Orexart has been exhibiting emerging, mid-career and established artists from New Zealand, Australia and the Pacific since 1990. The gallery’s mission is to build the careers of its established artists and encourage the development of promising newcomers.
Located in an industrial space in Arch Hill in Auckland’s Putiki Street art precinct, the gallery’s large, light-filled exhibition space and a smaller, more intimate viewing room, give Orexart the flexibility to present a broad range of exhibitions and projects.
Director, Rex Armstrong brings years of experience, knowledge and enthusiasm to the gallery’s front of house. He operates with the invaluable assistance of Communications Manager, Kim Shaw and gallery mascots, Scottish terriers Robson and Gladys.
When we visited they were showing Matthew Browne ‘Jouska’. The exhibition title takes inspiration from a neologism in John Koenig’s recently created Dictionary of Obscure Sorrows.
A web-based lexicon designed to fill gaps in contemporary language, the dictionary comprises newly invented words that define strange social nuances and unique experiences. ‘Jouska’, for example, is ‘a hypothetical dialogue played out in one’s mind.
The adaptation of ‘Jouska’ for Browne’s exhibition, and other words selectively plucked from the dictionary for the painting titles, continues the artist’s intuitive play with ideas and processes moving in the space between the familiar and unfamiliar, the conscious and subconscious. A freshly painted canvas, like a newly invented word, moves from the unknown to the known.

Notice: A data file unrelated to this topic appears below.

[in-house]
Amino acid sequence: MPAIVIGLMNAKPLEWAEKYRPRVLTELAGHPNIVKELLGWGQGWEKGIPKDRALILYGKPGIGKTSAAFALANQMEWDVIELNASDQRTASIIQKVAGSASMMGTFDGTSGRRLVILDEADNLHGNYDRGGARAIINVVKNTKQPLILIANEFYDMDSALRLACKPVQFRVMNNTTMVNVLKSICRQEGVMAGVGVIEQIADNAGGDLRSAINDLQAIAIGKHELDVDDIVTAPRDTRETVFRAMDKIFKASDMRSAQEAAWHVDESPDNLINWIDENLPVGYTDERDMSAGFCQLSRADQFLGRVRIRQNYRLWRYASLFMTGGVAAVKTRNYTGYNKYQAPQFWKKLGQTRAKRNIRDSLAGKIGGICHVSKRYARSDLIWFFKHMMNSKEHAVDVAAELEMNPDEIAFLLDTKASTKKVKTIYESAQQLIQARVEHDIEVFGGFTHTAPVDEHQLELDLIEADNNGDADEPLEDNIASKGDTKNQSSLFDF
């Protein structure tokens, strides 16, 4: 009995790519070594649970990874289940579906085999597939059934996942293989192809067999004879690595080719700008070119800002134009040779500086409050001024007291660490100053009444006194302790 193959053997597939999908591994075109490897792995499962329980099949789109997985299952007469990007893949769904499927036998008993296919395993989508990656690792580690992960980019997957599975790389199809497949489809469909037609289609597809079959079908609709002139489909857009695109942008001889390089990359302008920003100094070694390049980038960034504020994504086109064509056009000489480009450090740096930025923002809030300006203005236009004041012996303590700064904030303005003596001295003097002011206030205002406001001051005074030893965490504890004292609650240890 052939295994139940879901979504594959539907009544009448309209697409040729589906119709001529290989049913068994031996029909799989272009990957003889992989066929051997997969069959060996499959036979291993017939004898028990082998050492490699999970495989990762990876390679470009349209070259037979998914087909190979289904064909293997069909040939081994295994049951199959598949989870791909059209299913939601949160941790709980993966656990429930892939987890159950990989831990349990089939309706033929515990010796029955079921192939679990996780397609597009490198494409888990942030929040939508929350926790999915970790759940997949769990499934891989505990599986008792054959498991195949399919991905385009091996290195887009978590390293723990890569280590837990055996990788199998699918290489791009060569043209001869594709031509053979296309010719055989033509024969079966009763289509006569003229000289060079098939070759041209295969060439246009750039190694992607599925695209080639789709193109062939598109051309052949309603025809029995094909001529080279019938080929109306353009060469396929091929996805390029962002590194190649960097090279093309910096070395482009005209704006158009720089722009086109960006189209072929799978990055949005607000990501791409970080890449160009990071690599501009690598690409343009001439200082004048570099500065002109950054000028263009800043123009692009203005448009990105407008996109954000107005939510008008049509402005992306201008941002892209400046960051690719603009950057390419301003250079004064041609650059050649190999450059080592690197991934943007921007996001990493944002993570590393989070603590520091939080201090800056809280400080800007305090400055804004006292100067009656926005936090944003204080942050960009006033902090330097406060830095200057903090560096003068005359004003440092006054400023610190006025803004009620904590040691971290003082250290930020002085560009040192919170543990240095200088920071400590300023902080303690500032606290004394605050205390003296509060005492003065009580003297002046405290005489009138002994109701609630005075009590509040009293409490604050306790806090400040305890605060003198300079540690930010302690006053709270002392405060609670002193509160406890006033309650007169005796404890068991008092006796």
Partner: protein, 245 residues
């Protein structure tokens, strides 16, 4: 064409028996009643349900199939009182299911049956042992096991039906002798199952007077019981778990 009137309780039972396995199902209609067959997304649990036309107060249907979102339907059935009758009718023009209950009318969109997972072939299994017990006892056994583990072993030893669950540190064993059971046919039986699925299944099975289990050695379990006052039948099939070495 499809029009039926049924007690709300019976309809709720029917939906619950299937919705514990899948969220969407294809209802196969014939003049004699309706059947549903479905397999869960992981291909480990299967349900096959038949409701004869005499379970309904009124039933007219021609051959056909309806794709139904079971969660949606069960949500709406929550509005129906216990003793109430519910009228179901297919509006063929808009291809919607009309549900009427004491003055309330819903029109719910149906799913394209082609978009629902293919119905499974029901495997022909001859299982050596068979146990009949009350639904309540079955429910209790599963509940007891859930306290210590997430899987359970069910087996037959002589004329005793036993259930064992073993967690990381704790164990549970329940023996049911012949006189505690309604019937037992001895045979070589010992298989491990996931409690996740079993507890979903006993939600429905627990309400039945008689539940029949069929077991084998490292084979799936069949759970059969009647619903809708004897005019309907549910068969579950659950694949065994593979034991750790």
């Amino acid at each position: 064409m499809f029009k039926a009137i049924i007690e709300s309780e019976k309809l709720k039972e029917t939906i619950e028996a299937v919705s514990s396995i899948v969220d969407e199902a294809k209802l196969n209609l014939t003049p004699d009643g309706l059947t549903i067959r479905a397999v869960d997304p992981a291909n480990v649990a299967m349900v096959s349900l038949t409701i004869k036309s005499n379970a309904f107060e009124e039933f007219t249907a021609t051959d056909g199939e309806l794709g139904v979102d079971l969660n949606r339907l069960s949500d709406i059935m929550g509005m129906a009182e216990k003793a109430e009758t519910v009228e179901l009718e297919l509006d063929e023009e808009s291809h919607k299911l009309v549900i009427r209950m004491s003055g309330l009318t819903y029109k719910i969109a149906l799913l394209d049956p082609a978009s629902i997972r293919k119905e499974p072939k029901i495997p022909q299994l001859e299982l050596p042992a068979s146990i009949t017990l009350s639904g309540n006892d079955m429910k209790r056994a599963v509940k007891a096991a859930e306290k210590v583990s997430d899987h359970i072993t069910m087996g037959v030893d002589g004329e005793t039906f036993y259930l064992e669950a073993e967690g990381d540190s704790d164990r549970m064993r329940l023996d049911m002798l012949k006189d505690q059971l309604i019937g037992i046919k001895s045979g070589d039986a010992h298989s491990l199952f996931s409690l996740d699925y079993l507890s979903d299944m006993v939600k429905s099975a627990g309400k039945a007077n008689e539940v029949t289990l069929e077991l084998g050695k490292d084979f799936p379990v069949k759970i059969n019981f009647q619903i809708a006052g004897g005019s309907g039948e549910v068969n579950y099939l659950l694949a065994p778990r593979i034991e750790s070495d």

Here, a hypothetical dialogue is offered, opening in the space between ‘assumed meaning and open reception of the viewer. Meanwhile the formal relationship between shape, line and colour on the canvas anchors this dialogue at the two-dimensional surface of each work.
Rather than prescribing meaning, the works invite different readings, while denying any one categorical conclusion. In other words, Browne sets up multiple horizons where meanings and potentialities can emerge through individual insight, feeling or memory.
During the last twenty years Browne’s painting practice has consistently returned to the question of the artistic subconscious as expressed through the painted surface: painting is a way to render visible images and sensations normally residing in the unconscious.
Matthew Browne’s work harnesses both the painterly and the theoretical. As an exponent of a contemporary expressionistic style, Browne stems from an artistic tradition that originally privileged the unmediated action of painting as a direct translation of aesthetic thought. However, Browne’s work is more calculated reaction than spontaneous, unmediated gesture.
In the co-existent forms and luminous colours of his characteristic works,the act of painting itself is celebrated through the careful application of bands of colour to create tone, depth and emotional substance.
Browne was born in London in 1959. He completed a Bachelor of Fine Arts with Honours at the Camberwell School of Art and Crafts in 1982 and a Master of Fine Arts with Honours at AucklandUniversity’s Elam School of Fine Arts in 2000.
A committed educator in life drawing, monoprint and colour theory, Browne now teaches the ‘Painters Studio’ course at Art station. He has held numerous solo and group shows throughout New Zealand, was a finalist in the 2007 Wallace Trust Art Awards, and his work is included in various private collections both in New Zealand and internationally, notably in the permanent collection of the Royal Overseas League,London.